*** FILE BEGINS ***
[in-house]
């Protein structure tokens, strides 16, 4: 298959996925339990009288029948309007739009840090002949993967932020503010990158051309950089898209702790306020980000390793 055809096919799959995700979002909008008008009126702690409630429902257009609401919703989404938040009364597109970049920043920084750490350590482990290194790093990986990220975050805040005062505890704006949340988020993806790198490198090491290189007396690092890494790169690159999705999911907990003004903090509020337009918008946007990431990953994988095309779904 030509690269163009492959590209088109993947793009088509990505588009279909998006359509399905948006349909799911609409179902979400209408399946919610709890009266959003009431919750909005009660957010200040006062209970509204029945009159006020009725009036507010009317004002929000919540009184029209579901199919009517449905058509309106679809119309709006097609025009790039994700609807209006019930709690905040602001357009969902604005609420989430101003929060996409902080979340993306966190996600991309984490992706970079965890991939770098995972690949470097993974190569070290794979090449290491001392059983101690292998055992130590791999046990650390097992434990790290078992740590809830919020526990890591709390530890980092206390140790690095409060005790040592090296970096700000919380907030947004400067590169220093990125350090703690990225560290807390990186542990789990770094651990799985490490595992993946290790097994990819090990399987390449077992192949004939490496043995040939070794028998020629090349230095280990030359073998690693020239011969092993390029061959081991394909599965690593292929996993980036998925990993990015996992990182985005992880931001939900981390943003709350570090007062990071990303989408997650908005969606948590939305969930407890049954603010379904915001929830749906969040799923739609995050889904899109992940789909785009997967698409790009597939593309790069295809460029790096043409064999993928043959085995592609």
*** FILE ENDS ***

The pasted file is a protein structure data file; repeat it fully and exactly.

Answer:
[in-house]
């Protein structure tokens, strides 16, 4: 298959996925339990009288029948309007739009840090002949993967932020503010990158051309950089898209702790306020980000390793 055809096919799959995700979002909008008008009126702690409630429902257009609401919703989404938040009364597109970049920043920084750490350590482990290194790093990986990220975050805040005062505890704006949340988020993806790198490198090491290189007396690092890494790169690159999705999911907990003004903090509020337009918008946007990431990953994988095309779904 030509690269163009492959590209088109993947793009088509990505588009279909998006359509399905948006349909799911609409179902979400209408399946919610709890009266959003009431919750909005009660957010200040006062209970509204029945009159006020009725009036507010009317004002929000919540009184029209579901199919009517449905058509309106679809119309709006097609025009790039994700609807209006019930709690905040602001357009969902604005609420989430101003929060996409902080979340993306966190996600991309984490992706970079965890991939770098995972690949470097993974190569070290794979090449290491001392059983101690292998055992130590791999046990650390097992434990790290078992740590809830919020526990890591709390530890980092206390140790690095409060005790040592090296970096700000919380907030947004400067590169220093990125350090703690990225560290807390990186542990789990770094651990799985490490595992993946290790097994990819090990399987390449077992192949004939490496043995040939070794028998020629090349230095280990030359073998690693020239011969092993390029061959081991394909599965690593292929996993980036998925990993990015996992990182985005992880931001939900981390943003709350570090007062990071990303989408997650908005969606948590939305969930407890049954603010379904915001929830749906969040799923739609995050889904899109992940789909785009997967698409790009597939593309790069295809460029790096043409064999993928043959085995592609």